[LMB] OT: Fun

lfundis lfundis at weir.net
Sun Apr 5 07:45:55 BST 2009


> On Sat, Apr 4, 2009 at 09:52, Peter Granzeau <pgranzeau at cox.net> wrote:
> > I remember the day my parents got their first TV.  I was 16, and when the installer finally turned it on, the show was "Kukla, Fran and Ollie".  It was a 12" Zenith, and there was a great big double antenna on the roof, one pointed toward Milwaukee (25 miles away) and the other pointed toward Chicago, 75 or so miles away.  There were 5 stations available (only 1 in Milwaukee, the other 4 in Chicago).  No soaps, either.

A month or so ago I was looking up something in a 1949 newspaper at our library and found an advertisement for a new television with a "big 10 inch screen" for "only" about $350.  This was shortly after I bought my Lenovo S10 netbook with a 10-inch screen for about the same price -- but mine is a color screen with a computer attached! (Back in 1949 a computer would have been bigger than my living room and not nearly as powerful as this one.) Things have certainly changed in the last 60 years.

Of course, at that point in 1949 there was only one TV station in the area -- the DuMont network's local station, WDTV channel 3 in Pittsburgh. (And that's now changed too. It's now channel 2, KDKA-TV.)

My family got its first set for Christmas of 1950, probably about that size, when I was a tiny baby. By the time I was about 3 or 4, which is about when my memories kick in, there were about 5 stations we could pull in with a roof antenna, and by the time I was 8 there were a few more  -- especially after we got the rotor that could move the antenna for better reception. But they were all VHF and a few were hard to get a clear picture on.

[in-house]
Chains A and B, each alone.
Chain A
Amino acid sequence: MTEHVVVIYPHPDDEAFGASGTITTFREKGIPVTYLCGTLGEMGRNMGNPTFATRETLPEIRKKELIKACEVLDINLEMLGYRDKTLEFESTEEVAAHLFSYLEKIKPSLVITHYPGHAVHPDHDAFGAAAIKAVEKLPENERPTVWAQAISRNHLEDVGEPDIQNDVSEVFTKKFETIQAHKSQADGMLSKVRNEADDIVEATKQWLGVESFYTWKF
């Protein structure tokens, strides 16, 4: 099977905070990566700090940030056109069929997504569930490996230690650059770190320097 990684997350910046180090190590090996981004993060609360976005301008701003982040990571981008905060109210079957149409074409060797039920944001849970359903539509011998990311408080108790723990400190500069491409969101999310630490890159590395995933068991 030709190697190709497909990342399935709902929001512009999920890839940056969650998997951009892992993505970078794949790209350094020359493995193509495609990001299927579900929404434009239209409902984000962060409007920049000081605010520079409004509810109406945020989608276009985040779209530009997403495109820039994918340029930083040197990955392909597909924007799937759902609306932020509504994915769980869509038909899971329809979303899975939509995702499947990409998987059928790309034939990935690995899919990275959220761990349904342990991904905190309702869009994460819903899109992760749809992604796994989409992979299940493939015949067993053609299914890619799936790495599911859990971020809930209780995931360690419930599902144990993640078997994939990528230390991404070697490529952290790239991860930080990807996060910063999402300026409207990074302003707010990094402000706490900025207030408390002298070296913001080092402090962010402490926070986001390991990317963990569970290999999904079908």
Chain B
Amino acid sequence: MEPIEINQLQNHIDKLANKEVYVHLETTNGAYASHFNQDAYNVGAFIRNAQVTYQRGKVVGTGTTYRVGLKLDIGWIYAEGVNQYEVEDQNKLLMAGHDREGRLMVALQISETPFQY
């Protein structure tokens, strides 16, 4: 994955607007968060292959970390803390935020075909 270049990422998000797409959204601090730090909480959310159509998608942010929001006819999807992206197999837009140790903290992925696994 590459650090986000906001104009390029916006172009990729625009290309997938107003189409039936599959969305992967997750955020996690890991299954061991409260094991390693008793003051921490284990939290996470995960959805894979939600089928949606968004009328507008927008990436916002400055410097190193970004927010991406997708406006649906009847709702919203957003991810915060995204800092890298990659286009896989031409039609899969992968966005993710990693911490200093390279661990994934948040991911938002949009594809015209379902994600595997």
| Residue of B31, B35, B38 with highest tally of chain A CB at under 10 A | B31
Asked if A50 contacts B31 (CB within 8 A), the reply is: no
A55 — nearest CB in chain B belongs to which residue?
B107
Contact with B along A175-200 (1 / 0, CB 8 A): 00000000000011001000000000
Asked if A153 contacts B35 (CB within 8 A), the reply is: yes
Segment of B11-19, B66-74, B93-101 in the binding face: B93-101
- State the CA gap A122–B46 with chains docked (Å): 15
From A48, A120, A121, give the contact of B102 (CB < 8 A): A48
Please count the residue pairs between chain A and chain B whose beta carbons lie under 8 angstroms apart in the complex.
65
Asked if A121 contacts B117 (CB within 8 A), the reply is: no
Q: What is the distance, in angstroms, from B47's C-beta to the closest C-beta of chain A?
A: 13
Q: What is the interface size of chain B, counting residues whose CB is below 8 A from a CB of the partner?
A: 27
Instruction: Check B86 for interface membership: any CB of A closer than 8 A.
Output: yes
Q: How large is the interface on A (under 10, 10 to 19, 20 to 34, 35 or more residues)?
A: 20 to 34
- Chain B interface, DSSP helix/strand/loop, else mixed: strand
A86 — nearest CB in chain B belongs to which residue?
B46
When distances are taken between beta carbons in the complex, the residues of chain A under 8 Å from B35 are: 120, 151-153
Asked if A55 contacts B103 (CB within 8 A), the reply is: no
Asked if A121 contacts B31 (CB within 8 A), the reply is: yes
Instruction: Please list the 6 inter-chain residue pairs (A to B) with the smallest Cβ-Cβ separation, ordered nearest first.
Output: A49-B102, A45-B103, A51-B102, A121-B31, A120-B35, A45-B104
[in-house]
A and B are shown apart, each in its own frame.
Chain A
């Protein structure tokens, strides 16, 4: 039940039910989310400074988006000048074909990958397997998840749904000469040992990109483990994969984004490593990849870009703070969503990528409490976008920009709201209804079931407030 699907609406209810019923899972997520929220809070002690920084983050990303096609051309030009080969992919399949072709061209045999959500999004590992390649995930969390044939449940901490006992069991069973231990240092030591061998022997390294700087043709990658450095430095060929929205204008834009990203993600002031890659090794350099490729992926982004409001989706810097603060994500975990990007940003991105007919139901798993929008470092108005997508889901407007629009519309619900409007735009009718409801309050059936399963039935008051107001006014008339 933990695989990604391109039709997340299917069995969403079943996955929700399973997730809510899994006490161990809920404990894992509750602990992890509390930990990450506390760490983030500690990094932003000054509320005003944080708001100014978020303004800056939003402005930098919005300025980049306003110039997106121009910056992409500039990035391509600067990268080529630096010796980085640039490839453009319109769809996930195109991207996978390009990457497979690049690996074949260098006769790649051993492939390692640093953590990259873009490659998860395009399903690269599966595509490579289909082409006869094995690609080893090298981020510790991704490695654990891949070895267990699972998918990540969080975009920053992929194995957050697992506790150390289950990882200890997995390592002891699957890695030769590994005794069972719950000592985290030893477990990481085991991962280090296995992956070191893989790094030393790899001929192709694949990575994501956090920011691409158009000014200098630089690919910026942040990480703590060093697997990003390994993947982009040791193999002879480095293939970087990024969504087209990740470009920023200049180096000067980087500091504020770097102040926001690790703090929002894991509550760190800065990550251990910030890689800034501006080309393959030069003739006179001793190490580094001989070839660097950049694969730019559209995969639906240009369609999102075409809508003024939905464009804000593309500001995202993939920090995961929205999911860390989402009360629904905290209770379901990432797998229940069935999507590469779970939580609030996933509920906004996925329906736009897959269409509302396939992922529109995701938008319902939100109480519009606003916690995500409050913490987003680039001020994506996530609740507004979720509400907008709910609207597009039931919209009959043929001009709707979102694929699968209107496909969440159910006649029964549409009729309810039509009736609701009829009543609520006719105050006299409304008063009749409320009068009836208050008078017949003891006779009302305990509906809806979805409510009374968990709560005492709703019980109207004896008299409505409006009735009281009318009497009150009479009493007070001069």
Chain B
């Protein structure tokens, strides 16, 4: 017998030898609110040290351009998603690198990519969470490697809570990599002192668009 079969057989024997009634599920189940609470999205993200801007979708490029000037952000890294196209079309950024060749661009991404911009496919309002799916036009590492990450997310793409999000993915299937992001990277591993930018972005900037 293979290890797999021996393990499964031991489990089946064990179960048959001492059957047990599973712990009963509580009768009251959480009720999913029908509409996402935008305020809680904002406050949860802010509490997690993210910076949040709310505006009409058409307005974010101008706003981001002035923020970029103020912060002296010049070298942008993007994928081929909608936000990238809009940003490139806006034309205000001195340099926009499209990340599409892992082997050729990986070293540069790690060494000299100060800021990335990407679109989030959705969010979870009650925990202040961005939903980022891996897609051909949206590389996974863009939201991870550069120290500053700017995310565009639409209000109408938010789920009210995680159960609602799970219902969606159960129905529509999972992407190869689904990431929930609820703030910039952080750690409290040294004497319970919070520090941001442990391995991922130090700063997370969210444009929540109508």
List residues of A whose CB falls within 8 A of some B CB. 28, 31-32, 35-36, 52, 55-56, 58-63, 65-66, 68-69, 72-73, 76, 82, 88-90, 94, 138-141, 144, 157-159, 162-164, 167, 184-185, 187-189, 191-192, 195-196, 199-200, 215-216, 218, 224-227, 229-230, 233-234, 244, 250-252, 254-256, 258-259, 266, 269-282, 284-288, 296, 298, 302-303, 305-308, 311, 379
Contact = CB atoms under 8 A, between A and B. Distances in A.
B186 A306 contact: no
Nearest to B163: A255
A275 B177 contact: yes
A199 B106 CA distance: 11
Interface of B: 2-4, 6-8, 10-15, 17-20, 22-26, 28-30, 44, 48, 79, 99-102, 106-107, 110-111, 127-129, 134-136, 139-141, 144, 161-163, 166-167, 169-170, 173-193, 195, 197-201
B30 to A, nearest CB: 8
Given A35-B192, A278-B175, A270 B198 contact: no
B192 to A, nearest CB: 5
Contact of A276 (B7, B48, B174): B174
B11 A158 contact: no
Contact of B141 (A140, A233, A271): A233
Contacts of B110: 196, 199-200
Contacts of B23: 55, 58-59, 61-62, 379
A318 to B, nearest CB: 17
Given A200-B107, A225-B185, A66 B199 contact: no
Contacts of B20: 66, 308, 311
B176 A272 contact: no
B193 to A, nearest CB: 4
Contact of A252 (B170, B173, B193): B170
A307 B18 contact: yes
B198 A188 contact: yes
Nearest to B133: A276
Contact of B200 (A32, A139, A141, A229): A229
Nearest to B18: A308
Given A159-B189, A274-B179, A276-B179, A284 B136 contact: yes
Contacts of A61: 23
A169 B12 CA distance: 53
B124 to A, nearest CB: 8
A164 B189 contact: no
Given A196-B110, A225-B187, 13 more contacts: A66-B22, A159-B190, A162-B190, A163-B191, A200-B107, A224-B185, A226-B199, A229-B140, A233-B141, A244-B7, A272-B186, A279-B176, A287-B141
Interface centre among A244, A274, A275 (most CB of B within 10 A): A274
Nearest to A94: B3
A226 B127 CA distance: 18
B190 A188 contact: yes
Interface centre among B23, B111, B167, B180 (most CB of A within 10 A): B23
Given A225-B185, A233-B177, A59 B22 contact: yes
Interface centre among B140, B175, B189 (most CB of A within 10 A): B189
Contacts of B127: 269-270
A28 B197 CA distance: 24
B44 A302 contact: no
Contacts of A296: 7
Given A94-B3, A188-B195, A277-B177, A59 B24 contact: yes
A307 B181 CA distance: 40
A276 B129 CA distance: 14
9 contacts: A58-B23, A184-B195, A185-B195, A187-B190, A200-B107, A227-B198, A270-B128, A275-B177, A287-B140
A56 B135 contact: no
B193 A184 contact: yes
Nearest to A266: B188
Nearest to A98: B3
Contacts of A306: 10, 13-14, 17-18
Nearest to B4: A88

I remember Kukla, Fran, and Ollie though. And Howdy Doody and the original Mouseketeers. And "The Children's Corner" on WQED, channel 13 in Pittsburgh, with Josie Carey and (behind the scenes) Fred Rogers. 

> 
> I'm not that old, but I remember when "big screen TV" was anything
> over 20"... and nowadays, getting anything smaller than 20" is a
> challenge! I don't even know what a "large screen TV" is these days...
> TVs just getting bigger and bigger and bigger and ever cheaper...

I remember when a 19 inch screen was considered big.

My current living-room TV (on which I'm currently watching "Star Trek" -- plus ca change, plus c'est la meme chose) is a 26" LCD which is by far the largest TV screen I've ever owned, but it seems puny compared to some of the ones in stores these days. The one in my bedroom is 13 inches, smaller than the monitor on my desktop computer.

One thing that always struck me odd in reading the old newspaper ads for TVs in the old newspapers at our library is how often the TV prices were about $300. Despite all the changes in TV technology, the larger screens, color, and inflation, the prices seemed to flatten out there. Lately this has not been so with the change to digital and flat-screen, but I expect it to settle back to around $300 soon, except for the very big screens.

Lois Fundis
lfundis at weir.net




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